Nepal celebrates rising Bengal tigers

2013-07-30 13:12

Multimedia   ·   User Galleries   ·   News in Pictures Send us your pictures  ·  Send us your stories

Kathmandu – Nepal's number of Royal Bengal tigers in the wild has soared 64% to 198 in just four years, according to a government survey released on Monday.

Experts attributed the rise to a crackdown on poaching as the government vowed to double the number of tigers in the wild by 2022.

"The survey has found the number of adult tigers in the wild is now 198," conservation minister Tek Bahadur Thapa Gharti said in Kathmandu.

"We have pledged to double this number by 2022," he told reporters.

The report's release at a meeting in the Nepali capital coincided with World Tiger Day.

Conservationists said the sharp increase from 121 tigers counted in a similar survey in 2009 was due to tougher action against poachers and better management of tiger's habitats.

"Law enforcement played a vital role," said Maheswar Dhakal, a wildlife department ecologist.

Hundreds of conservationists and wildlife experts at the meeting watched images of tigers caught on camera during the survey of protected areas.

According to the survey, the Chitwan National Park in south-central Nepal alone has 120 Royal Bengal tigers.

Fifty others roam in the Bardiya National Park while the rest live in three other protected areas.

"The conservation areas, where the animals roam, have also increased, contributing to the rise in numbers," Dhakal said.

Around 500 cameras were placed in protected wildlife areas to carry out the tiger census, Dhakal said.

More than 250 conservationists and wildlife experts worked on the survey, which cost $367 955.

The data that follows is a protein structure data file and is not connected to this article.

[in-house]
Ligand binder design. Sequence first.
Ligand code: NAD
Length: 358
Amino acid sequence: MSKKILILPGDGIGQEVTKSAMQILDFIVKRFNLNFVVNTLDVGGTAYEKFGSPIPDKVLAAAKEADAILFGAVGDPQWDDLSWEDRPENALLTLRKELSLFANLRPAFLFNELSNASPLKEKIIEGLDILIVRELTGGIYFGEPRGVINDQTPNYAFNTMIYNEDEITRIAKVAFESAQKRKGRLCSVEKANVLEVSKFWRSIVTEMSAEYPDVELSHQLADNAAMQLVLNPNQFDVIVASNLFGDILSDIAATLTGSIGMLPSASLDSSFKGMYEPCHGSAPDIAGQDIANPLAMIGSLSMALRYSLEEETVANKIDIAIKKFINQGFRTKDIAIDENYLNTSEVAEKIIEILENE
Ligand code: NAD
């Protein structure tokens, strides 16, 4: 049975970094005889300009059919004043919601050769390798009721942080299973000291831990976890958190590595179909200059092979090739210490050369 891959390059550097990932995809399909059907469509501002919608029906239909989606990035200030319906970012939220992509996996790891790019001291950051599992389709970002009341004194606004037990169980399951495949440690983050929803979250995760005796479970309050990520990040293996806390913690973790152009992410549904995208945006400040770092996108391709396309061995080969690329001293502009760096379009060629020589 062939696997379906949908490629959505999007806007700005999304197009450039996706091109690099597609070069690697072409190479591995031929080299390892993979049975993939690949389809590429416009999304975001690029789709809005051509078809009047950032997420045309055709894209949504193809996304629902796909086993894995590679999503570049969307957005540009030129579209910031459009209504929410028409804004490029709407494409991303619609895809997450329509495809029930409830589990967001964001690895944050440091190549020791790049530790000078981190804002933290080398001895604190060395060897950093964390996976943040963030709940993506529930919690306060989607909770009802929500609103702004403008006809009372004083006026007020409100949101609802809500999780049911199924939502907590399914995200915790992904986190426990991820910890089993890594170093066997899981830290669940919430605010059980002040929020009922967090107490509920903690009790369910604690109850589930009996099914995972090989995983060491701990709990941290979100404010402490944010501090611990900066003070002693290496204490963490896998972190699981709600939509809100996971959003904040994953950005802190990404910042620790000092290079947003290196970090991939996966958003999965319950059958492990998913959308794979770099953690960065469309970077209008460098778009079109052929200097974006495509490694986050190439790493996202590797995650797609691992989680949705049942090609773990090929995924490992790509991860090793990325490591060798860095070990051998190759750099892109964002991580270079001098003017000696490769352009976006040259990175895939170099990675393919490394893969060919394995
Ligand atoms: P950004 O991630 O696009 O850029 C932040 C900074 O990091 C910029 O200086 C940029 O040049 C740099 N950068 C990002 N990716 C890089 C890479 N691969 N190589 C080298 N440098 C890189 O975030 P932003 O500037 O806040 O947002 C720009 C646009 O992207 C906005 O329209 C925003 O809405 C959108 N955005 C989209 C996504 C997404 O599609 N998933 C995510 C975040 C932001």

Dhakal said a parallel survey was conducted in India and the results from both countries will be published in December.

"It will take a few more months for India, which now has 1 300 Royal Bengal tigers in several huge protected areas, to finalise the results," he said

The WWF has warned that tigers worldwide are in serious danger of becoming extinct in the wild.

The number of tigers in the wild has fallen from 100 000 in 1900 to around 3 200 now, the group says.
Read more on:    nepal  |  animals

Join the conversation! encourages commentary submitted via MyNews24. Contributions of 200 words or more will be considered for publication.

We reserve editorial discretion to decide what will be published.
Read our comments policy for guidelines on contributions.
NEXT ON NEWS24X publishes all comments posted on articles provided that they adhere to our Comments Policy. Should you wish to report a comment for editorial review, please do so by clicking the 'Report Comment' button to the right of each comment.

Comment on this story
Comments have been closed for this article.

Inside News24

Traffic Alerts
There are new stories on the homepage. Click here to see them.


Create Profile

Creating your profile will enable you to submit photos and stories to get published on News24.

Please provide a username for your profile page:

This username must be unique, cannot be edited and will be used in the URL to your profile page across the entire network.


Location Settings

News24 allows you to edit the display of certain components based on a location. If you wish to personalise the page based on your preferences, please select a location for each component and click "Submit" in order for the changes to take affect.

Facebook Sign-In

Hi News addict,

Join the News24 Community to be involved in breaking the news.

Log in with Facebook to comment and personalise news, weather and listings.